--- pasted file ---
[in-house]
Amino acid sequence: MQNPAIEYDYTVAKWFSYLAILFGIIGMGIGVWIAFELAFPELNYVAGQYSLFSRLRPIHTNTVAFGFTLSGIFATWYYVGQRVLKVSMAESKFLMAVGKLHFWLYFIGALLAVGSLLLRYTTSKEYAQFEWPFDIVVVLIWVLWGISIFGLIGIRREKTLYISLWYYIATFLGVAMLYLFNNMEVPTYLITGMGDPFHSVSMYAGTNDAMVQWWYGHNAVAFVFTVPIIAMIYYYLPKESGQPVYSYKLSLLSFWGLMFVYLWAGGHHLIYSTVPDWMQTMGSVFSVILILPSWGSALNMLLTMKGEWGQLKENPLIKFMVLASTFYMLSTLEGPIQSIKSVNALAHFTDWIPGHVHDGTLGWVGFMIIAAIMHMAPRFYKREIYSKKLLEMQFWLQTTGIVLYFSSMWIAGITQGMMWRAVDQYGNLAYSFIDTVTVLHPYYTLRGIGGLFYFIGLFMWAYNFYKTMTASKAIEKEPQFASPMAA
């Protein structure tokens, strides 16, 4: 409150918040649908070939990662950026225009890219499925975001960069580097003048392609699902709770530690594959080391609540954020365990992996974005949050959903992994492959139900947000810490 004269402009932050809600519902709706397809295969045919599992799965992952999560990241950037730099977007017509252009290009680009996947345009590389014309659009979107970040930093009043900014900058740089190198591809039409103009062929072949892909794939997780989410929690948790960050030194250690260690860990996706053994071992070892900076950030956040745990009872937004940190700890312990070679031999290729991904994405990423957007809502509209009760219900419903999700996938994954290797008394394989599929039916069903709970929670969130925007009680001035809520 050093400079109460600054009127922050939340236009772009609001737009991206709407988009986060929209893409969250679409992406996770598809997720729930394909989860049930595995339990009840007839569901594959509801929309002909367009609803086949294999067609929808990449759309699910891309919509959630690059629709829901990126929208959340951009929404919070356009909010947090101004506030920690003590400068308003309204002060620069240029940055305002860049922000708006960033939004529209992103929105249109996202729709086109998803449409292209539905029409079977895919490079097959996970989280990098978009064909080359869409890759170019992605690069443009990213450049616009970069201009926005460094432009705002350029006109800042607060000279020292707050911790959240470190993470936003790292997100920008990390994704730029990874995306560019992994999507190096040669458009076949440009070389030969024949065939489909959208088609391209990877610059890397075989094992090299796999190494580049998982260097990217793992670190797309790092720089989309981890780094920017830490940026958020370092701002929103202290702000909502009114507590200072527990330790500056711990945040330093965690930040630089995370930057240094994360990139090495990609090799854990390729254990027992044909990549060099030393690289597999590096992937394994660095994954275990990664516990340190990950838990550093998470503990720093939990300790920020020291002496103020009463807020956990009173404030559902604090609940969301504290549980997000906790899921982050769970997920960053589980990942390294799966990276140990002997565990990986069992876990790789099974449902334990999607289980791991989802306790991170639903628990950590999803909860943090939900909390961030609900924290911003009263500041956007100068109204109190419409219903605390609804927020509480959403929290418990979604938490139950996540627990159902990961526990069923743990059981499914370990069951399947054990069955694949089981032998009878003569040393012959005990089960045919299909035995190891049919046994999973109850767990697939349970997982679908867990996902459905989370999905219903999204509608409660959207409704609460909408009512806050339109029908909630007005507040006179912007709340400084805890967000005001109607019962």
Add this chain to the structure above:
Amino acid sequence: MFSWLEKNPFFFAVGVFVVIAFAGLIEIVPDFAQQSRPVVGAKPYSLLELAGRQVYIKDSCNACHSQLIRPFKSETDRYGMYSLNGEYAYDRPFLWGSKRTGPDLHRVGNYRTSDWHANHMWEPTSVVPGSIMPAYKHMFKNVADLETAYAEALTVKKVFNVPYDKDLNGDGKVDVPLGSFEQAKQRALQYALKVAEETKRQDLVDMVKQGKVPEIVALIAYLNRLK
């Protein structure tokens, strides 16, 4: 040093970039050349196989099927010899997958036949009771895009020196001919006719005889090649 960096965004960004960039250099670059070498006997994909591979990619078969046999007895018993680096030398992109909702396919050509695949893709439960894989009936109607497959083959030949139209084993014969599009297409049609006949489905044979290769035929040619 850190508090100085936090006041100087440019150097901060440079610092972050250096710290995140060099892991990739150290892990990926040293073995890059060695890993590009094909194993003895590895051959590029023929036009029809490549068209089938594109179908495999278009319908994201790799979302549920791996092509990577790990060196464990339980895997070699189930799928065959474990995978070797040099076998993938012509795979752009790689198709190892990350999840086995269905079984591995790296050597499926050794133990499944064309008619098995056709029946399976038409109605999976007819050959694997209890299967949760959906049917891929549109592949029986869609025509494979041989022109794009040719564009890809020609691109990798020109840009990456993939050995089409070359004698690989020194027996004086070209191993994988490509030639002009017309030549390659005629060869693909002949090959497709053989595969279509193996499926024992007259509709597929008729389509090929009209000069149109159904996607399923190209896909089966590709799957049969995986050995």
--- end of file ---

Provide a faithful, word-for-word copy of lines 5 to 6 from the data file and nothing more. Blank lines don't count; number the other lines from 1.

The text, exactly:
Amino acid sequence: MFSWLEKNPFFFAVGVFVVIAFAGLIEIVPDFAQQSRPVVGAKPYSLLELAGRQVYIKDSCNACHSQLIRPFKSETDRYGMYSLNGEYAYDRPFLWGSKRTGPDLHRVGNYRTSDWHANHMWEPTSVVPGSIMPAYKHMFKNVADLETAYAEALTVKKVFNVPYDKDLNGDGKVDVPLGSFEQAKQRALQYALKVAEETKRQDLVDMVKQGKVPEIVALIAYLNRLK
């Protein structure tokens, strides 16, 4: 040093970039050349196989099927010899997958036949009771895009020196001919006719005889090649 960096965004960004960039250099670059070498006997994909591979990619078969046999007895018993680096030398992109909702396919050509695949893709439960894989009936109607497959083959030949139209084993014969599009297409049609006949489905044979290769035929040619 850190508090100085936090006041100087440019150097901060440079610092972050250096710290995140060099892991990739150290892990990926040293073995890059060695890993590009094909194993003895590895051959590029023929036009029809490549068209089938594109179908495999278009319908994201790799979302549920791996092509990577790990060196464990339980895997070699189930799928065959474990995978070797040099076998993938012509795979752009790689198709190892990350999840086995269905079984591995790296050597499926050794133990499944064309008619098995056709029946399976038409109605999976007819050959694997209890299967949760959906049917891929549109592949029986869609025509494979041989022109794009040719564009890809020609691109990798020109840009990456993939050995089409070359004698690989020194027996004086070209191993994988490509030639002009017309030549390659005629060869693909002949090959497709053989595969279509193996499926024992007259509709597929008729389509090929009209000069149109159904996607399923190209896909089966590709799957049969995986050995």